Love is eternal. It has been the strongest motivation for human actions throughout history. Love is stronger than life. It reaches beyond the dark shadow of death.
— Waldo Lydecker
I was flipping through the channels one night and I found that Otto Preminger’s movie, Laura was about to start. I believe that I saw some parts of the ending of this movie in passing before. This movie was nominated for five Oscars and won for Best Black & White Cinematography. Seeing that I was mostly disappointed with the movies that were released this year, I wanted to see a classic movie to cleanse my palate of the dreck.
This film noir is about a young woman named Laura Hunt (Gene Tierney) that was murdered in her apartment. This movie deals with the aftermath when Det. Lt. Mark McPherson (Dana Andrews) interviews an acquaintance of the victim, columnist Waldo Lydecker (Clifton Webb) who is writing his column while soaking in the tub. Lydecker is one step ahead of him that he types out his alibi when Laura was murdered.
McPherson is going to interview potential suspects and Lydecker comes along on his day. First, the duo meets Ann Treadwell (Judith Anderson) who is Laura’s aunt. They talk about her whereabouts during the time of her murder. She has some sort of attraction to Laura’s fiancé, Shelby Carpenter (Vincent Price). McPherson wants to know if she has a motive to bump her off.
There is also a possibly that the fiancé wanted to kill Laura in order to marry Ann. McPherson wants the two men to go Laura’s apartment to find the key for the country house that she was about to go to when she was killed. Carpenter’s story starts to show cracks when he planted the key in her apartment. McPherson decides to gather more evidence.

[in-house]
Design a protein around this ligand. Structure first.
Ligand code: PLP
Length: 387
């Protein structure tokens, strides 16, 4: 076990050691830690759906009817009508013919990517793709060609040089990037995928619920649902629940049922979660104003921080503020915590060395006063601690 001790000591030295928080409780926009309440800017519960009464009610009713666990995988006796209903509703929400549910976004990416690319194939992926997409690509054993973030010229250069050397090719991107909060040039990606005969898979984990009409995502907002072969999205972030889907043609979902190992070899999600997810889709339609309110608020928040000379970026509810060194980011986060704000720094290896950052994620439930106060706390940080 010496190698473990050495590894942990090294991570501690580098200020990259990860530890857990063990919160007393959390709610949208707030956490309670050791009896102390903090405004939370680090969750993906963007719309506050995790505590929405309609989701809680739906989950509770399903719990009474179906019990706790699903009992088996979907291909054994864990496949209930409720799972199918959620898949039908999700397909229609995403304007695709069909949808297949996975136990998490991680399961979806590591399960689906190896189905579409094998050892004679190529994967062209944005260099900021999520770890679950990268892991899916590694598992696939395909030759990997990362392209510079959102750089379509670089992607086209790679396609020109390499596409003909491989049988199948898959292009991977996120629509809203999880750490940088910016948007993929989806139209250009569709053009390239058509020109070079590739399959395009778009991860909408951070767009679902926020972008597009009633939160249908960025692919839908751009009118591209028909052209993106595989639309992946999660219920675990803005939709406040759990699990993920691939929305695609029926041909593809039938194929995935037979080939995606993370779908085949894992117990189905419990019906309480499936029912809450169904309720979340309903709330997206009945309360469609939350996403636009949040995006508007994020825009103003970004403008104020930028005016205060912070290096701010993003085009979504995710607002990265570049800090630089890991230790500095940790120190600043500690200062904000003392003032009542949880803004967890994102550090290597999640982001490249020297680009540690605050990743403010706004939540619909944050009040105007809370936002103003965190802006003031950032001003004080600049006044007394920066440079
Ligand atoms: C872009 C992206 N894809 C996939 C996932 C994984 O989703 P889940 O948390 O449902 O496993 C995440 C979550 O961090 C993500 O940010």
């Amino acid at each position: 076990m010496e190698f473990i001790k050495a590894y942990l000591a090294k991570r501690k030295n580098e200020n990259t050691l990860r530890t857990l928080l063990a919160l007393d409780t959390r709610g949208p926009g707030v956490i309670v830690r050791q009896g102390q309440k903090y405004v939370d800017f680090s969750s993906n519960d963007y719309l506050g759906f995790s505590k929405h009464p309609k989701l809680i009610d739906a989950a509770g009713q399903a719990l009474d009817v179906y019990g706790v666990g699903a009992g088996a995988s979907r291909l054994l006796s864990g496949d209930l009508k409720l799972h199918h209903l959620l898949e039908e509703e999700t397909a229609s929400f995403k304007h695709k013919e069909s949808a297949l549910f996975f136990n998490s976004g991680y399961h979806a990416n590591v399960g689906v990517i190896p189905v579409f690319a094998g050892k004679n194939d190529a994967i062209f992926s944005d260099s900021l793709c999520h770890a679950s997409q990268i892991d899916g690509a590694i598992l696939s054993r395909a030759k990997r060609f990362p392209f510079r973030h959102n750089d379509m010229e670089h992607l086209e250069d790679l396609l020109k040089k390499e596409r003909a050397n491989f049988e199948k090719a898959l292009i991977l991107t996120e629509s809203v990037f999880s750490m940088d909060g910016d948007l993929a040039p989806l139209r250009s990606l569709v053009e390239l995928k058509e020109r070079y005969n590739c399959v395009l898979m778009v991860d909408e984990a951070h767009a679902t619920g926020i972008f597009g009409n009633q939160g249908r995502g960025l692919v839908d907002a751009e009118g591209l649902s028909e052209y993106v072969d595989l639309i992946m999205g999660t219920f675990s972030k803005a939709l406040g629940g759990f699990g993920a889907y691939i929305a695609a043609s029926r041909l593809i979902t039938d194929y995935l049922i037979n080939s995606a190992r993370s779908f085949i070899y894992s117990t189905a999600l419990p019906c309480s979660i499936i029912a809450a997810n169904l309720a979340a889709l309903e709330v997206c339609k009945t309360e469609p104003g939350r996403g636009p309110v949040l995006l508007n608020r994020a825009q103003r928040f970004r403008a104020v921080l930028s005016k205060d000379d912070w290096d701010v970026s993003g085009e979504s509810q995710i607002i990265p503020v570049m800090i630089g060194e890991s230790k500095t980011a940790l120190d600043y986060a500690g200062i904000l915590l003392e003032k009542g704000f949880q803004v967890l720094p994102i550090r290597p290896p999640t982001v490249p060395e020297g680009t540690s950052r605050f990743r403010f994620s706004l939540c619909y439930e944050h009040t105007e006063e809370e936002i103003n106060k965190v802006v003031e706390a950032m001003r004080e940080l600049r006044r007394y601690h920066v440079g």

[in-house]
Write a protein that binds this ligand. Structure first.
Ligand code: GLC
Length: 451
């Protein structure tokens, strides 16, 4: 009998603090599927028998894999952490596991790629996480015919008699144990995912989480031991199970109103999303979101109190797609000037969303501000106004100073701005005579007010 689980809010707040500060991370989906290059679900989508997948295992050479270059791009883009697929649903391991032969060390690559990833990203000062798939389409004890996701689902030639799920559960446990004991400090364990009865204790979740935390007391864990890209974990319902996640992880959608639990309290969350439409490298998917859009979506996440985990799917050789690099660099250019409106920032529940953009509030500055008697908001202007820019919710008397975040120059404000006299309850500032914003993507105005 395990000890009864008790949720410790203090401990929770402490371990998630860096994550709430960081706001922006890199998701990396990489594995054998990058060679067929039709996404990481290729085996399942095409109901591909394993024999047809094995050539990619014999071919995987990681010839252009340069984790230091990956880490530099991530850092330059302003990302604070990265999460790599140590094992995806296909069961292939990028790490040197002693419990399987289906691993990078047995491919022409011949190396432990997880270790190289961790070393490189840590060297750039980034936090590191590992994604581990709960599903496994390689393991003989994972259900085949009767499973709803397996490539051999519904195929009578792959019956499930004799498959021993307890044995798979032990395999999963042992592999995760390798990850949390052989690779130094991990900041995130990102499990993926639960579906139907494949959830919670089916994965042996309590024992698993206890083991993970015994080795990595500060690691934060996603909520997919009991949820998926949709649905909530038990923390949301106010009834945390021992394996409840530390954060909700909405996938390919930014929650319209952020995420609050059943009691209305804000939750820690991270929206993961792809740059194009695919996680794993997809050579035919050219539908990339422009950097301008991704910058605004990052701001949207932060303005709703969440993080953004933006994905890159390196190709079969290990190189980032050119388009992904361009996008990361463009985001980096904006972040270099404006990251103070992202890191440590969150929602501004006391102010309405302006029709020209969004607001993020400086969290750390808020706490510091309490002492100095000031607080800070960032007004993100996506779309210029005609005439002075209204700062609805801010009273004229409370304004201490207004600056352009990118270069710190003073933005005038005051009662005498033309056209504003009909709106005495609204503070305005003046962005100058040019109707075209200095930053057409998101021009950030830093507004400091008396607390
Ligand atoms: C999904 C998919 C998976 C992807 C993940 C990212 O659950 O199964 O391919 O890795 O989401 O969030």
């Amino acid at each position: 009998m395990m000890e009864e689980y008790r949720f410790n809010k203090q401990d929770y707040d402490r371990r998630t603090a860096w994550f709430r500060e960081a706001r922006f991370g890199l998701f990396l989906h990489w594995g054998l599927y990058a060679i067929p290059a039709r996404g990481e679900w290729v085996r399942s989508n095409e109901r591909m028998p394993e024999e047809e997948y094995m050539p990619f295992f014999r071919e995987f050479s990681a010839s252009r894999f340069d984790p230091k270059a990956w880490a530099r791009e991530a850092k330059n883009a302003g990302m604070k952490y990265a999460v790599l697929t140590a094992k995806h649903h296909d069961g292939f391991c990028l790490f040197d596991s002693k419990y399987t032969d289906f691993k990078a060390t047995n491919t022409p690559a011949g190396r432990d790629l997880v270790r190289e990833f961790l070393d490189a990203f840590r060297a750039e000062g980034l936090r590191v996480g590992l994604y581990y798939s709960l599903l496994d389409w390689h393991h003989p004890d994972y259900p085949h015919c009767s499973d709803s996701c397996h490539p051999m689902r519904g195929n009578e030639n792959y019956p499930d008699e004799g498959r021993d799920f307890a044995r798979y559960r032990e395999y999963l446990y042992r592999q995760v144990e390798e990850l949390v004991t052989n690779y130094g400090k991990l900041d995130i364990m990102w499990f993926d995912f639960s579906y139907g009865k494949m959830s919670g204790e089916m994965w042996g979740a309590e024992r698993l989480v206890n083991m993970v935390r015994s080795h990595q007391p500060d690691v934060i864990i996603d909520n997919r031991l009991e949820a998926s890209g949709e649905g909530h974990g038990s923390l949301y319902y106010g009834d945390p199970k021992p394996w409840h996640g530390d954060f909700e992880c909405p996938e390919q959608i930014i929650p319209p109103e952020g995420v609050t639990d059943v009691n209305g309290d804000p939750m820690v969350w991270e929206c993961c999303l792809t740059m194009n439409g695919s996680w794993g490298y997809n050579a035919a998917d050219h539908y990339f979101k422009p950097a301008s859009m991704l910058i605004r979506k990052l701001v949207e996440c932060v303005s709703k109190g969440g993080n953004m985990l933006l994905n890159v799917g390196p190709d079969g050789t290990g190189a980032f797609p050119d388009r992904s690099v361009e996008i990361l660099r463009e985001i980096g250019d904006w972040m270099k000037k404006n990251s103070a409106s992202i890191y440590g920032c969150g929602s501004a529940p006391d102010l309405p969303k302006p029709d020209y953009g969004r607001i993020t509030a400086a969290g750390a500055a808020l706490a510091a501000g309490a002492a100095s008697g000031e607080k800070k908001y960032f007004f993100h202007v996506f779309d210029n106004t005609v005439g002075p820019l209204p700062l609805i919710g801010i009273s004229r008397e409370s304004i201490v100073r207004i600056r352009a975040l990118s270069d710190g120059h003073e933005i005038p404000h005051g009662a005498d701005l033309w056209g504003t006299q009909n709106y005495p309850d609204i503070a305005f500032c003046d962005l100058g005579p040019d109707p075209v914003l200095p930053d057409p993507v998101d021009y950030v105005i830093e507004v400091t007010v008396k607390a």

During a dinner conversation with Lydecker, Lydecker recounts the day that he met the plucky Laura while at lunch, who wanted to show him her ad mock-up to get a write up in his column. Their relationship starts as Laura’s career in advertising picks up. There is more affection on Lydecker’s side of the relationship. He feels threatened by Shelby Carpenter, who swoops in to steal Laura away. Waldo is cast aside as Laura and Shelby relationship continues. Waldo tries to dissuade Laura into marrying Shelby by telling her that he might be having an affair with a model at Laura’s company, Diane Redfern.
McPherson begins to put the pieces together when he is spending more time over at Laura’s apartment. He rifles through her personal things to read her letters from Waldo or her diary to find clues about who could have killed her. All the stories that have been repeated back at McPherson; he realizes that he has fallen in love with her.
I love the character of Waldo Lydecker. He is quick on his feet with the witty quips toward different characters. I thought the movie was a little bit melodramatic with some of the acting of the maid, Bessie (Dorothy Adams) and some of Shelby turned me off. The ending of the movie was satisfying even though I figured out who did it from the beginning.
Judgment: If you want to see a frothy whodunit, I would recommend this movie.
Posted on March 1, 2010, in 1944, Academy Award Winner, Crime, Drama, Film Noir, Mystery, Suspense, Thriller and tagged Clifton Webb, Dana Andrews, Dorothy Adams, Gene Tierney, Judith Anderson, Laura, Otto Preminger, Vincent Price. Bookmark the permalink. Leave a comment.